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grave and acute, strong and weak, of which the human voice is capable. I answer, in pursuing the comparison of this organ with musical instruments, that their lengthening and shortening are sufficient to produce these effects.

"That these parts are capable of distention and contraction, is needless to be demonstrated in an assembly of Literati of your rank: but that in consequence of this distention and contraction, the Delphys can utter sounds more or less acute; in a word, all the inflexions of the voice, and modulation of singing; is a fact, which I flatter myself I shall put out of doubt. My appeal is to experiments. Yes, gentlemen, I engage to make both a Delphys and a Toy reason, speak, nay, and sing too, before ye."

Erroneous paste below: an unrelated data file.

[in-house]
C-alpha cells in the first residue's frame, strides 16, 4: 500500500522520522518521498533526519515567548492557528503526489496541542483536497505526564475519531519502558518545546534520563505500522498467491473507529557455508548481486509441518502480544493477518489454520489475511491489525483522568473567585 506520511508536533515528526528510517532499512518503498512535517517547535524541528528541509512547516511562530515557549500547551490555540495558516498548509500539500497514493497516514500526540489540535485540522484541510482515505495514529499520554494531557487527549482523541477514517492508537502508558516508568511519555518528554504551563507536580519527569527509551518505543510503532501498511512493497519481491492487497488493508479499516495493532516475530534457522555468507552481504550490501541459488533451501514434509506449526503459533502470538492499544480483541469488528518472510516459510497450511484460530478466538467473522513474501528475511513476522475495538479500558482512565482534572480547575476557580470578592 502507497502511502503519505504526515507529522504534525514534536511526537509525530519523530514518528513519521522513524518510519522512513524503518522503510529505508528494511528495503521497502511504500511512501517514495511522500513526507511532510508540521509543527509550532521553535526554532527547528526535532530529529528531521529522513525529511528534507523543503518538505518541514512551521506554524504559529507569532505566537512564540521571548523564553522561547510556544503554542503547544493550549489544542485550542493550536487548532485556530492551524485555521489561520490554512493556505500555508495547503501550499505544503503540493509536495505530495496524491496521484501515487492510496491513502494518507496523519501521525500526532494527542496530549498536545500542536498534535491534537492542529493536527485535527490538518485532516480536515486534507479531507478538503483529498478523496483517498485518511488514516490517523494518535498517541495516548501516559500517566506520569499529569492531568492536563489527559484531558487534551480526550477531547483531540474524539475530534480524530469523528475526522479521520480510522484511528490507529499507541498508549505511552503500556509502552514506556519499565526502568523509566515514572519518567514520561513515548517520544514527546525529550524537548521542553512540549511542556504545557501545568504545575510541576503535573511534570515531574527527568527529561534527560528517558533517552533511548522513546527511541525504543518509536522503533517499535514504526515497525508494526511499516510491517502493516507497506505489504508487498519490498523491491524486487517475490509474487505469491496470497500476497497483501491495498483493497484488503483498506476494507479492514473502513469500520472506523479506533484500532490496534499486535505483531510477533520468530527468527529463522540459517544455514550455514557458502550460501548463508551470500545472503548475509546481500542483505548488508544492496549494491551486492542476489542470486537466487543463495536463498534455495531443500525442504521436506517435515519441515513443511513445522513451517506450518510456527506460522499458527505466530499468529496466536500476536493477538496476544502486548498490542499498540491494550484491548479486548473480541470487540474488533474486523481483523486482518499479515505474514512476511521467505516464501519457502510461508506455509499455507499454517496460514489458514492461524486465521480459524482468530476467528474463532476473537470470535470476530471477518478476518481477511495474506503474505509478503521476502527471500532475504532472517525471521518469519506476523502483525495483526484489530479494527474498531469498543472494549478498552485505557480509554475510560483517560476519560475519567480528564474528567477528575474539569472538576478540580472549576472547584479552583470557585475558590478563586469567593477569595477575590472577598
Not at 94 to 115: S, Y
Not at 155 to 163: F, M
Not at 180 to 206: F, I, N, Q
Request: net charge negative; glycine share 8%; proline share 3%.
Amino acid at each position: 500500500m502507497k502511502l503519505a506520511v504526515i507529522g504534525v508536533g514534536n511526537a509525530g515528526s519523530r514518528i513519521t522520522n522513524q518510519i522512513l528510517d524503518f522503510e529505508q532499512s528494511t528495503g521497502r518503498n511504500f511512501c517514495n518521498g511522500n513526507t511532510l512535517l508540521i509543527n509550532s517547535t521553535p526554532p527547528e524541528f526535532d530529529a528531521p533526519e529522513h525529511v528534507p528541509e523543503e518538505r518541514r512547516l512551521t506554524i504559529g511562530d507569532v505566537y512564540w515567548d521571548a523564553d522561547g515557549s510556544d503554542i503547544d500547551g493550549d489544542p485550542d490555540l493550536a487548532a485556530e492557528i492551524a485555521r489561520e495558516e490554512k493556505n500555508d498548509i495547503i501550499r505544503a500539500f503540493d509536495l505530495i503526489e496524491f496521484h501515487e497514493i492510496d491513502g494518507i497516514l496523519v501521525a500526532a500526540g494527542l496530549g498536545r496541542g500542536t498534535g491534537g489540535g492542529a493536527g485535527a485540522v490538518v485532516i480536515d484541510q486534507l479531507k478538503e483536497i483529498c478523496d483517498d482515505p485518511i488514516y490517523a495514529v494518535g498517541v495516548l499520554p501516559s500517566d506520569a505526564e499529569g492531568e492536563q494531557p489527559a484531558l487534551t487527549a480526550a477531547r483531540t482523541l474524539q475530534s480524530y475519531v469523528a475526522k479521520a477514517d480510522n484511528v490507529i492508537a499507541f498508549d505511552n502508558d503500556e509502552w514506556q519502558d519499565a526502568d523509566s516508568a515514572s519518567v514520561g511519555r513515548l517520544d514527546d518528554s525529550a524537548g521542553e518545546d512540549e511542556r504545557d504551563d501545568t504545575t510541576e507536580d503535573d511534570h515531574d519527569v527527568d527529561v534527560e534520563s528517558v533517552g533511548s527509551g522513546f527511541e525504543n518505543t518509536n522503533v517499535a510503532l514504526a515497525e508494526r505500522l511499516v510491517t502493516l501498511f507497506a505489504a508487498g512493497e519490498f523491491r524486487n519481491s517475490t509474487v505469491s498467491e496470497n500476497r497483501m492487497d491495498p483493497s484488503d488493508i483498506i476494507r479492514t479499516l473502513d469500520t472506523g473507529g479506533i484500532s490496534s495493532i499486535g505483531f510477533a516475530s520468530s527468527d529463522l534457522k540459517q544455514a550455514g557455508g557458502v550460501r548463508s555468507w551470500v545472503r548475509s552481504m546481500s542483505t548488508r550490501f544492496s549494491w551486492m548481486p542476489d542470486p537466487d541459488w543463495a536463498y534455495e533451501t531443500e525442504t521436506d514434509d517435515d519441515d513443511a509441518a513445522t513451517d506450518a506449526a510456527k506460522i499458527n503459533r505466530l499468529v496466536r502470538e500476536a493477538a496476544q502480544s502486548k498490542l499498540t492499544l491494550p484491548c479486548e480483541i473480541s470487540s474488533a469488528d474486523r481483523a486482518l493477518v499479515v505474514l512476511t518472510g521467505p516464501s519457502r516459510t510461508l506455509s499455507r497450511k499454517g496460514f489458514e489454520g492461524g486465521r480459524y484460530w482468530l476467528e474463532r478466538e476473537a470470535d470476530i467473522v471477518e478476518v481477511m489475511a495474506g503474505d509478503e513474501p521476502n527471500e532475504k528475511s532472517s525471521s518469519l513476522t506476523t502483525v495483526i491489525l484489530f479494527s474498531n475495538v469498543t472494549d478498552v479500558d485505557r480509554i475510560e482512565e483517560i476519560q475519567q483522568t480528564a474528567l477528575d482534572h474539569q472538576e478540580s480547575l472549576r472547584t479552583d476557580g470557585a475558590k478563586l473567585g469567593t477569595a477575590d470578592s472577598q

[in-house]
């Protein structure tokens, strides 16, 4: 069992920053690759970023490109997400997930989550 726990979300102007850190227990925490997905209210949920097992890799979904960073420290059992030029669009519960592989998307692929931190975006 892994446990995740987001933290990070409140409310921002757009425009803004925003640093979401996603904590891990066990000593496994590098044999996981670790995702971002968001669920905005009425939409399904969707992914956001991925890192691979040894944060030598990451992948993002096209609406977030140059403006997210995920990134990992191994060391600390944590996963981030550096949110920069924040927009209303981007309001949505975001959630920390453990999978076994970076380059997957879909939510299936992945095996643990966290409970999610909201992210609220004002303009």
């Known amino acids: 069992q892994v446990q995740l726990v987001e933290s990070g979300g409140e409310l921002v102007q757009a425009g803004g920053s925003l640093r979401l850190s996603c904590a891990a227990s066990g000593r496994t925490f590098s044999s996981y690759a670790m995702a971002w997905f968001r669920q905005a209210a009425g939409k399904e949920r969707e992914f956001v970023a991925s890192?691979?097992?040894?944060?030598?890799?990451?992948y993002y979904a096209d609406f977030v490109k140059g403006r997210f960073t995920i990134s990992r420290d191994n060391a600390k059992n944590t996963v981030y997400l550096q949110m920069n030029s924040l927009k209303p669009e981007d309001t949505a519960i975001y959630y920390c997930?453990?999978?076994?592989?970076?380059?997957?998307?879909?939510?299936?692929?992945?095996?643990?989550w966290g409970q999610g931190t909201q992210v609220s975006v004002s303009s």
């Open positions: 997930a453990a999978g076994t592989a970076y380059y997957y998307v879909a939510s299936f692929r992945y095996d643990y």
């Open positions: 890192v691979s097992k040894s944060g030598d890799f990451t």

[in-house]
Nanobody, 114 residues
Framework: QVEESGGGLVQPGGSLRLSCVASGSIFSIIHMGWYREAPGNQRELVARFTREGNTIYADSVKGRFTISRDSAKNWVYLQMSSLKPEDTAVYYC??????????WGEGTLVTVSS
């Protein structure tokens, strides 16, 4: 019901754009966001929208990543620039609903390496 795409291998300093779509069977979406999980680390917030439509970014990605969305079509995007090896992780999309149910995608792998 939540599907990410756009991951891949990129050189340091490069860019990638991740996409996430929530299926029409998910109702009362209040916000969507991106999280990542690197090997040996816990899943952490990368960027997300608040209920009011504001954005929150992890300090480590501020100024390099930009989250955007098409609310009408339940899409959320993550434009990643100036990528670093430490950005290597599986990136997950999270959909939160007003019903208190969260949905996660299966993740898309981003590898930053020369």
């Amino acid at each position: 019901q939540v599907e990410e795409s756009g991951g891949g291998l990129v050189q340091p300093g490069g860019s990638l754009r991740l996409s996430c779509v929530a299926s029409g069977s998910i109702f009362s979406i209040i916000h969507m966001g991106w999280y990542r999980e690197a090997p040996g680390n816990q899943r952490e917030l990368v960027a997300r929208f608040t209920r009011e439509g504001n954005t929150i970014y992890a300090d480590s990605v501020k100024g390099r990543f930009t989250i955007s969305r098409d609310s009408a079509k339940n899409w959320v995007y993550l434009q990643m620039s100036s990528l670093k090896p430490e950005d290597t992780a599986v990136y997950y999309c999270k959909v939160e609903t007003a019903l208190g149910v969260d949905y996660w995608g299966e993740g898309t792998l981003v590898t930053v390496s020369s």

Thus harangued Orcotomus, promising to himself nothing less than to raise the Toys to the level of the windpipes of one of his learned brethren, whose success